A deeper insight into the complexity of axioms, predicates, functions... can be obtained by only requiring equivalence with a formula of such a form (this is especially natural when defining classes such as $\Delta_i$ which are supposedly those formulae, predicates, functions... that can be expressed in both the $\Sigma_i$ and $\Pi_i$ form). The question then is, equivalent in which theory; the specific formulation of other axioms (rather just the language of the theory) starts to matter. Furthermore, it does not makes much sense to evaluate the complexity of an axiom within a theory it is itself included in, because it is then generally equivalent to any simplest theorem like $0=0$ or $(\exists x) x=x$ of that theory.

There is a substantial amount of research on both generally applicable techniques such as Skolemization described in a sister answer and its Herbrandization counterpart and also on quantifier complexity in the context of various theories.

For example, in the context of set theory the hierarchy of quantifier complexity of formulae is called Lévy hierarchy and quite widely studied to this day.

Probably the best example of the impact of quantifier complexity on a mathematical field I am aware of is the computability theory, particularly its Arithmetical hierarchy.

There is also a field of computational complexity that succeeded in deriving interesting correspondences between the polynomial hierarchy (comprised of the most popular computational complexity classes such as $P$, $NP$,...) and so-called bounded quantifier complexity which measures quantifier complexity of arithmetical formulae differently than usual. Bounded quantifiers are counted, and an even weaker form of bounded quantifiers (quantifiers bounded by a logarithm of something else) are allowed for free. An overview of the field is in this monograph.

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In classical logic, there is a natural symmetry (or duality) between the universal and the existential quantifier, and each one can be expressed in terms of the other. (Similar to the duality between $\vee$ and $\wedge$ in classical propositional logic.)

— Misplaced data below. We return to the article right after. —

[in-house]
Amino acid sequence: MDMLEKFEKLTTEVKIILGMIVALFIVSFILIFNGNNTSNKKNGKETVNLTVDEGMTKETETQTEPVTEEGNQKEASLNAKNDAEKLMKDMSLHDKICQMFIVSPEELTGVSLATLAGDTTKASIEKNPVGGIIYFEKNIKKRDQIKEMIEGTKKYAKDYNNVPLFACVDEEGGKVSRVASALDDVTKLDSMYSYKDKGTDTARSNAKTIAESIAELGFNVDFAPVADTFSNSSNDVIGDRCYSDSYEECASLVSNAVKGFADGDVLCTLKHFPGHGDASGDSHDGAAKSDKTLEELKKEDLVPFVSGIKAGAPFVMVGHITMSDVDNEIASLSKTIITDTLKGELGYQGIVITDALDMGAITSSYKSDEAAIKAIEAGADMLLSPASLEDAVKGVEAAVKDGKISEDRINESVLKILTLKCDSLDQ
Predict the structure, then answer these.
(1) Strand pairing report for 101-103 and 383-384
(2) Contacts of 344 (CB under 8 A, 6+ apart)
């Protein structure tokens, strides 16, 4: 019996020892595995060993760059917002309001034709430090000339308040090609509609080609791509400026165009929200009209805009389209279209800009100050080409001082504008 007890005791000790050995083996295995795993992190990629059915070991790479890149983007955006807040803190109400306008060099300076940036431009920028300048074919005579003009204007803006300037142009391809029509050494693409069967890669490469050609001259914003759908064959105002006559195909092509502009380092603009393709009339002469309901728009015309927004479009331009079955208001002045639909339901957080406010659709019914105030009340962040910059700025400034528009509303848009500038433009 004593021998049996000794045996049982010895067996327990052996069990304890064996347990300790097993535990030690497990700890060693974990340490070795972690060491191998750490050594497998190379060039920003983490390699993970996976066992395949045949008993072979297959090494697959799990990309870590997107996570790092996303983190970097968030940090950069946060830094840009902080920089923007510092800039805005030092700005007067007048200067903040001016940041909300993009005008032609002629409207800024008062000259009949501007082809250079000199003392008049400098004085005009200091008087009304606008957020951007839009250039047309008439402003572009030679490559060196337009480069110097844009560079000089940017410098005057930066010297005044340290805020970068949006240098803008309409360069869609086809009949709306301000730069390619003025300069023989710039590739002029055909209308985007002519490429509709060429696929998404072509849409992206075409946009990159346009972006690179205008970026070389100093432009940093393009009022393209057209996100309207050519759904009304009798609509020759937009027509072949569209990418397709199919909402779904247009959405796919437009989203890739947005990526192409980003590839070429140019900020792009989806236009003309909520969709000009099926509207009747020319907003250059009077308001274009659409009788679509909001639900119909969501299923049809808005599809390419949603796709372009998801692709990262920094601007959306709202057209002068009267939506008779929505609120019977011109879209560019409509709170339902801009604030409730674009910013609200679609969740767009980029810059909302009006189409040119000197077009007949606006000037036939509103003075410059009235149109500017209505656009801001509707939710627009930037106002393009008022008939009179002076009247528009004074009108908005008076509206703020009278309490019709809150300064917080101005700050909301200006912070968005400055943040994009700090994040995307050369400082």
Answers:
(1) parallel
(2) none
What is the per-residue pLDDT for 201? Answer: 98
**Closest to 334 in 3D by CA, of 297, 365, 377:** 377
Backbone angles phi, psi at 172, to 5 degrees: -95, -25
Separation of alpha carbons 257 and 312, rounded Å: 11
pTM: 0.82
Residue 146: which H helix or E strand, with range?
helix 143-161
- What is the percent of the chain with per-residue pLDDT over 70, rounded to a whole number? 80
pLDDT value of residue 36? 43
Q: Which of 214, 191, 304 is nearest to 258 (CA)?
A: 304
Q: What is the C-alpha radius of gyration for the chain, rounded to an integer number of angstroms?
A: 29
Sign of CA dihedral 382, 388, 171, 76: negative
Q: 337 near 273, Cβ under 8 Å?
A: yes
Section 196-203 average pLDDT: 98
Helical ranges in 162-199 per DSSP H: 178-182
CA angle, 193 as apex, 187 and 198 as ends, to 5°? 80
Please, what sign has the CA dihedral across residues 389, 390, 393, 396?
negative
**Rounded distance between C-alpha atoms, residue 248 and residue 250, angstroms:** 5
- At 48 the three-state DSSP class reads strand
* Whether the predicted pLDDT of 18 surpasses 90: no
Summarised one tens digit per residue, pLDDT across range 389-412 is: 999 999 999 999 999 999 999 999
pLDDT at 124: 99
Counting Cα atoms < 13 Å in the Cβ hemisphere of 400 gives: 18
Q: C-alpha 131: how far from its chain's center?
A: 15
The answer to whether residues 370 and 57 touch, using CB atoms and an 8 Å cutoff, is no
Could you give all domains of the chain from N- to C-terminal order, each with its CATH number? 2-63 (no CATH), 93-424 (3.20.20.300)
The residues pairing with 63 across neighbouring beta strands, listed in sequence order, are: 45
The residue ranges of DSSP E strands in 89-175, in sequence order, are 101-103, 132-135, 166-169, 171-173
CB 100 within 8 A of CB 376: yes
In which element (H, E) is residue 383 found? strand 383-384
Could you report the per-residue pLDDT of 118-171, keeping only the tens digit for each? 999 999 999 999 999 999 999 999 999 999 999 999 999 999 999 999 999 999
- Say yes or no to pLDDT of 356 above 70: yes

Classical logic and constructive mathematics interpret the universal quantifier in the same way, but they differ on what the existential quantifier means. An intuitionist or constructivist will only claim $A\vee B$ ($\exists x:A(x)$, respectively) if he knows that $A$ holds, or knows that $B$ holds (if he knows an $x$ for which $A(x)$ holds, respectively).

But this asymmetry between $\forall $ and $\exists$ also appears in textbooks based on classical logic. Assumptions such as "There exists $x$ with $\forall y( y+x=y) $" are almost always "skolemized"; this means that a new constant symbol $0$ and a new axiom $ \forall y (y+0=y)$ is introduced. It is a basic fact of logic that skolemization is "allowed" (technical term: leads to a conservative extension).

Similarly, a sentence "forall $\delta$ there is an $\varepsilon$ such that $A(\delta, \varepsilon)$" is often reformulated in a skolemized form as "[there is a function $\epsilon(\cdot)$ such that] for all $\delta$ we have $A(\delta, \epsilon(\delta))$".

I do not know any references, but in my opinion there are several reasons:

  1. historically, the notion of a function $\epsilon(\cdot)$ (or a constant $0$) .has been around for much longer than the concept of an existential quantifier.